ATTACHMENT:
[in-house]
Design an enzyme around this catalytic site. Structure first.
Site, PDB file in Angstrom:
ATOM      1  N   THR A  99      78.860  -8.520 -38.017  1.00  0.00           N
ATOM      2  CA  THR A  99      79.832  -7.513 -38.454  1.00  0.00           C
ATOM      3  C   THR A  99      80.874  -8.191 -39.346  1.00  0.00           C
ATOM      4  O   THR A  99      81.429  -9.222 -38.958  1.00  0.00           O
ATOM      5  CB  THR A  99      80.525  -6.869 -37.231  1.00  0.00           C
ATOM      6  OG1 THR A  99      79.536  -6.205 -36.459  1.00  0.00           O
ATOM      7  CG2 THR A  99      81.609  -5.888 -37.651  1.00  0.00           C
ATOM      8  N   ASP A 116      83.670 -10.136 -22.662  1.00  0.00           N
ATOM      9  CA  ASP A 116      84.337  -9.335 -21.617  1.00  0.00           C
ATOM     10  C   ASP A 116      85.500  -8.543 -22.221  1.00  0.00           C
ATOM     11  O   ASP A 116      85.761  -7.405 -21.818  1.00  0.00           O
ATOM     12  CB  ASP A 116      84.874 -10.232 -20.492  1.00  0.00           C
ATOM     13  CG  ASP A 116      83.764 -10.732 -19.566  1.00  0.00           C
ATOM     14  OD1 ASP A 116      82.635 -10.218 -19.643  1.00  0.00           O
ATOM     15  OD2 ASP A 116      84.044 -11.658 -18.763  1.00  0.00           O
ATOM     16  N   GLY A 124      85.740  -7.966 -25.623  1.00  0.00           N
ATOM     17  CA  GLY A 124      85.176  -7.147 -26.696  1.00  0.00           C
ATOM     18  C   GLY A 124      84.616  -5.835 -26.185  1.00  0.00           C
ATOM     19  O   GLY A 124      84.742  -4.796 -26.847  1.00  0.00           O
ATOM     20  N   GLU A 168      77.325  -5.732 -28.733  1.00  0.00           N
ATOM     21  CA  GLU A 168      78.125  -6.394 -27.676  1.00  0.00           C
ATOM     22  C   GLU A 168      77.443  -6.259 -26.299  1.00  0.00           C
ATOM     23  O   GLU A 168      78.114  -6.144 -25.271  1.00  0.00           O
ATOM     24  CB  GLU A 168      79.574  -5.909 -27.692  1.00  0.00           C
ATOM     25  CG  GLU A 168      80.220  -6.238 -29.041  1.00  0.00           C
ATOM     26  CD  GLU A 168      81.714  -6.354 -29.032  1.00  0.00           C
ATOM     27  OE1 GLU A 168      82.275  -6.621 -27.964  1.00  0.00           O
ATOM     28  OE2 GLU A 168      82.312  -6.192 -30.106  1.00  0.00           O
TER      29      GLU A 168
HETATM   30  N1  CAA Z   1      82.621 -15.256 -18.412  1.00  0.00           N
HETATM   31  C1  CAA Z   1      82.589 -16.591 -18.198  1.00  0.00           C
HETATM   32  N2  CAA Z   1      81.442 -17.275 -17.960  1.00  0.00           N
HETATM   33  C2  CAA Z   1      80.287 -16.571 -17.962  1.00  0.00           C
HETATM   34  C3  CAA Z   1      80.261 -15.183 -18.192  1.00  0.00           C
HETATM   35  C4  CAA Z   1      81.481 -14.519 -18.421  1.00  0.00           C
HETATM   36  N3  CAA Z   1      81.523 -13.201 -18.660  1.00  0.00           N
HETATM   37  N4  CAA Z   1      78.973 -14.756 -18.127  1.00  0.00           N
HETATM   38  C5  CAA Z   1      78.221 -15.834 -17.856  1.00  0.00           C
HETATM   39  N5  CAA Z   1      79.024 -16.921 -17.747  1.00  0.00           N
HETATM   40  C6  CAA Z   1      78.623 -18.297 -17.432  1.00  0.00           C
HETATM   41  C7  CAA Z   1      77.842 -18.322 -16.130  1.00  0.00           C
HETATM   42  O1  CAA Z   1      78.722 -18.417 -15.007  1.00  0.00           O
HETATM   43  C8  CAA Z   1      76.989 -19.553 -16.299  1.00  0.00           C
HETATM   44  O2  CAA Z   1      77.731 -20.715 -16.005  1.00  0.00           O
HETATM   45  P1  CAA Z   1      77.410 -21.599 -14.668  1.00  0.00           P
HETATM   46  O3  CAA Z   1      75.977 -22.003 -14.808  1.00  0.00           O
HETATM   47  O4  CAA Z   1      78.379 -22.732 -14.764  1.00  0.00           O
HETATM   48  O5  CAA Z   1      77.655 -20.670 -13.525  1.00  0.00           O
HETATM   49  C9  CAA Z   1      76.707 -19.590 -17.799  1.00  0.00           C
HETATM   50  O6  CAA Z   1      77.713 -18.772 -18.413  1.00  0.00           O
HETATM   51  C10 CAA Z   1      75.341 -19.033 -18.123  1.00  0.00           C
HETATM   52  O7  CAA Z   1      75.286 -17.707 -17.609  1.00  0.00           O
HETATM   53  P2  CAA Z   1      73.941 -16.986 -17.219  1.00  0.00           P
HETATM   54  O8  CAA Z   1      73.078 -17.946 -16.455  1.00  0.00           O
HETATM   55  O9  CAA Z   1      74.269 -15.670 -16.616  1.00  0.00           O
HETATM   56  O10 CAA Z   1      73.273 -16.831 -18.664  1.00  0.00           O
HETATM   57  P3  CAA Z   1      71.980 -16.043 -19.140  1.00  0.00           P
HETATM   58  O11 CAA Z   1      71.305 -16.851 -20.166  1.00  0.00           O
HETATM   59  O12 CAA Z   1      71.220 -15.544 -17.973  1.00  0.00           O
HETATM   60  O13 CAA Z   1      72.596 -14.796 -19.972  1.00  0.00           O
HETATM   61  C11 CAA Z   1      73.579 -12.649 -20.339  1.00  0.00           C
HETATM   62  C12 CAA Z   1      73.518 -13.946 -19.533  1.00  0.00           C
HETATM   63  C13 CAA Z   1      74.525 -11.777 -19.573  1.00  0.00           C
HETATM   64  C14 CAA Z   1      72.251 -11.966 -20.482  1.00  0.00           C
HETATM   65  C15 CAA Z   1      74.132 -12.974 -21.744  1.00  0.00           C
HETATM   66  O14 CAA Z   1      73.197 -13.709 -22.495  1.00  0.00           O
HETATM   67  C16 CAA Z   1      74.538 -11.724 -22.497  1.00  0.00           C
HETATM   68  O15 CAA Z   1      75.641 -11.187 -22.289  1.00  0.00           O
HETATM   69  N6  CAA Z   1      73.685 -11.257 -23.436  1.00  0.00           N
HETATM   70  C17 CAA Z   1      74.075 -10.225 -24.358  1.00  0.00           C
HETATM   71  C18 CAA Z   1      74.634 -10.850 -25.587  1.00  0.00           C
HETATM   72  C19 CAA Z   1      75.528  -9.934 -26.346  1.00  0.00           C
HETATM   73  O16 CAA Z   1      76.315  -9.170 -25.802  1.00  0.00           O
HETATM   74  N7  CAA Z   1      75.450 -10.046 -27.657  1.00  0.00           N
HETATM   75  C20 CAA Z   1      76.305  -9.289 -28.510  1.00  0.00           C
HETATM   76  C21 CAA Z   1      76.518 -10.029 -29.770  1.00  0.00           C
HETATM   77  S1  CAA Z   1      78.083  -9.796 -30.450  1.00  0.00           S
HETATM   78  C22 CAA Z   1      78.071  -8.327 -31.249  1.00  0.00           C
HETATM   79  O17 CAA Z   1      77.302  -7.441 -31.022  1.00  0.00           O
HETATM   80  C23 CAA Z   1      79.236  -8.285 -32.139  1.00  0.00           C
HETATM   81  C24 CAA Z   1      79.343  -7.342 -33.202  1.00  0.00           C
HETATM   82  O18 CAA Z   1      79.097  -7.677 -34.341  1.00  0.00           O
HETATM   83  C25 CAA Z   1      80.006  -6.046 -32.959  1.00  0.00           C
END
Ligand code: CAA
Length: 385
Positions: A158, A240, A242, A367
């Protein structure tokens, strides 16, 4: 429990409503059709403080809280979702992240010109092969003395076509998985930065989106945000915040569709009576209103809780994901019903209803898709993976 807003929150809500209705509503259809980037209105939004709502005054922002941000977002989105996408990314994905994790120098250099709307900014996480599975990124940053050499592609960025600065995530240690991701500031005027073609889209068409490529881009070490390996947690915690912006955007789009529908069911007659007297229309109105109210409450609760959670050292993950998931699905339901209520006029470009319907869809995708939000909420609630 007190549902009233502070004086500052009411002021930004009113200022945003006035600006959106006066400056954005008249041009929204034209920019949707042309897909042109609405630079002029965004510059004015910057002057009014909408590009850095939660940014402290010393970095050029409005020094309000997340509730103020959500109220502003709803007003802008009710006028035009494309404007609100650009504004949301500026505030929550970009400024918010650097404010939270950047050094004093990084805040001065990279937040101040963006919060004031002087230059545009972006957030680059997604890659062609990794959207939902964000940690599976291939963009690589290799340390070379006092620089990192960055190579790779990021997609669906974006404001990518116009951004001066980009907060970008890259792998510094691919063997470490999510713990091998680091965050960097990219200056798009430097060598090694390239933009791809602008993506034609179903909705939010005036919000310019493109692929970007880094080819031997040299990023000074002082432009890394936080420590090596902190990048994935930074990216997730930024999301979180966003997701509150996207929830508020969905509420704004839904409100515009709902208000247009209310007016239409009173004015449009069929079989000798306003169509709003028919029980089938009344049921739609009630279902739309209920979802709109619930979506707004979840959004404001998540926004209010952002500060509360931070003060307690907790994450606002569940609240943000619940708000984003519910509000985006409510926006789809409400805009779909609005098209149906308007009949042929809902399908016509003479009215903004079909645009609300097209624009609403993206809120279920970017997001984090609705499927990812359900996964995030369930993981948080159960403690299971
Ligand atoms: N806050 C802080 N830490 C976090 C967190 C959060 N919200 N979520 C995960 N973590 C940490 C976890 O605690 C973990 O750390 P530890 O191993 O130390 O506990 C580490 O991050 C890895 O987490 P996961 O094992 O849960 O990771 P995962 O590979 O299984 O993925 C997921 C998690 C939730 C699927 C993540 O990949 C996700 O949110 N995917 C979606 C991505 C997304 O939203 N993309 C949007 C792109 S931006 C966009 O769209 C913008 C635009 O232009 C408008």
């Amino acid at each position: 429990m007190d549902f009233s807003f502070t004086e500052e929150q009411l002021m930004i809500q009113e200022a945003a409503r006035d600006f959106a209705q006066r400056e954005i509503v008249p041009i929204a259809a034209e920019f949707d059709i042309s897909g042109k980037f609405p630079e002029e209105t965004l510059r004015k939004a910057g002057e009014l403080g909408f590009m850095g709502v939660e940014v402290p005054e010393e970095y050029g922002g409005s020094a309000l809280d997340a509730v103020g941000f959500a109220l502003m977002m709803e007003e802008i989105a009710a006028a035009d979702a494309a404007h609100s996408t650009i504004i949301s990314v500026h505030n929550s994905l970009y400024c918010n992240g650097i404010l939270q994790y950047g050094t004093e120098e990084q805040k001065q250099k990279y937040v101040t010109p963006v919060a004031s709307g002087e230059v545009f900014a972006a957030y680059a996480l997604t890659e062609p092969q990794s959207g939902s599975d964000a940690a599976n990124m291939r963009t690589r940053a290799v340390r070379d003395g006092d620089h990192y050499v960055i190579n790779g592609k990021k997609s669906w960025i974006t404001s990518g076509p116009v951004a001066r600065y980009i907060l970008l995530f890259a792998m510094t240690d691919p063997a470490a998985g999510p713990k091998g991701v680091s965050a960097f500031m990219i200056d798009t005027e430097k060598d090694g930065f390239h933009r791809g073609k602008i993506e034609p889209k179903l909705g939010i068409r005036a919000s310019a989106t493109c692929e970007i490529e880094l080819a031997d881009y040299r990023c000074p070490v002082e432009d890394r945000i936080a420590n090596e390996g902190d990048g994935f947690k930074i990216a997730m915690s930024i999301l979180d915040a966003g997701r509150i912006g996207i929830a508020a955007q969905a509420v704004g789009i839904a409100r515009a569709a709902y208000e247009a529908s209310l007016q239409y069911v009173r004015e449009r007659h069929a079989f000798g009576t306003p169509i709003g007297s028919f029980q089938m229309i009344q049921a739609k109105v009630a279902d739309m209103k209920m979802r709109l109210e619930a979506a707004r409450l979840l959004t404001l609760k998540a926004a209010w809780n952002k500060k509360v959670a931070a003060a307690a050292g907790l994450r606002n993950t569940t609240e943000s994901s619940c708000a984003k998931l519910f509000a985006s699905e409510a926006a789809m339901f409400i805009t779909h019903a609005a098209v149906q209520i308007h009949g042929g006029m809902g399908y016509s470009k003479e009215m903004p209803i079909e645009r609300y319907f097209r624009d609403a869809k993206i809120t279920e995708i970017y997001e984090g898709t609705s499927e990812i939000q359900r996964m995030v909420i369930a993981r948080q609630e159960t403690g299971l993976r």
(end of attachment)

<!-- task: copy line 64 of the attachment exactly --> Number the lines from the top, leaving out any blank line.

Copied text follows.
HETATM   61  C11 CAA Z   1      73.579 -12.649 -20.339  1.00  0.00           C